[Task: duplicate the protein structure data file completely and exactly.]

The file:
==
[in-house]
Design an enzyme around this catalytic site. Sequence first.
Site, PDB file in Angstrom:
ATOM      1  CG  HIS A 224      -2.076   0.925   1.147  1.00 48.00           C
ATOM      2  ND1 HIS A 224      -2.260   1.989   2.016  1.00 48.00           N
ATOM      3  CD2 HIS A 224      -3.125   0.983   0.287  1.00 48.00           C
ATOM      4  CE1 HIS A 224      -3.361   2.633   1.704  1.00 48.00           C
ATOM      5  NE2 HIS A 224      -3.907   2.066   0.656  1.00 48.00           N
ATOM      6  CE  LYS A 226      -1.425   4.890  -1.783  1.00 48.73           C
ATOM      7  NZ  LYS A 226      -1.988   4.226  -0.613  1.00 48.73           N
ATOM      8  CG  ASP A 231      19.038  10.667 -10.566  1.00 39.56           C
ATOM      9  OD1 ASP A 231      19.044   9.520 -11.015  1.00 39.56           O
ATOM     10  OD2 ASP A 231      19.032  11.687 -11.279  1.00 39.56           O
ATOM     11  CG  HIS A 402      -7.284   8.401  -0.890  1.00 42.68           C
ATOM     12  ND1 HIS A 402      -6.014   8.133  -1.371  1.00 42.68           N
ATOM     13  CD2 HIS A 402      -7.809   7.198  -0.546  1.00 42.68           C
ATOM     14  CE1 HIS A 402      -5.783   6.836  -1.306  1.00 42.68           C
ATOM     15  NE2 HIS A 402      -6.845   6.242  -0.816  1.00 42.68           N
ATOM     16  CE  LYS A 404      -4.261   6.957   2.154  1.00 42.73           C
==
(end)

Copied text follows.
[in-house]
Design an enzyme around this catalytic site. Sequence first.
Site, PDB file in Angstrom:
ATOM      1  CG  HIS A 224      -2.076   0.925   1.147  1.00 48.00           C
ATOM      2  ND1 HIS A 224      -2.260   1.989   2.016  1.00 48.00           N
ATOM      3  CD2 HIS A 224      -3.125   0.983   0.287  1.00 48.00           C
ATOM      4  CE1 HIS A 224      -3.361   2.633   1.704  1.00 48.00           C
ATOM      5  NE2 HIS A 224      -3.907   2.066   0.656  1.00 48.00           N
ATOM      6  CE  LYS A 226      -1.425   4.890  -1.783  1.00 48.73           C
ATOM      7  NZ  LYS A 226      -1.988   4.226  -0.613  1.00 48.73           N
ATOM      8  CG  ASP A 231      19.038  10.667 -10.566  1.00 39.56           C
ATOM      9  OD1 ASP A 231      19.044   9.520 -11.015  1.00 39.56           O
ATOM     10  OD2 ASP A 231      19.032  11.687 -11.279  1.00 39.56           O
ATOM     11  CG  HIS A 402      -7.284   8.401  -0.890  1.00 42.68           C
ATOM     12  ND1 HIS A 402      -6.014   8.133  -1.371  1.00 42.68           N
ATOM     13  CD2 HIS A 402      -7.809   7.198  -0.546  1.00 42.68           C
ATOM     14  CE1 HIS A 402      -5.783   6.836  -1.306  1.00 42.68           C
ATOM     15  NE2 HIS A 402      -6.845   6.242  -0.816  1.00 42.68           N
ATOM     16  CE  LYS A 404      -4.261   6.957   2.154  1.00 42.73           C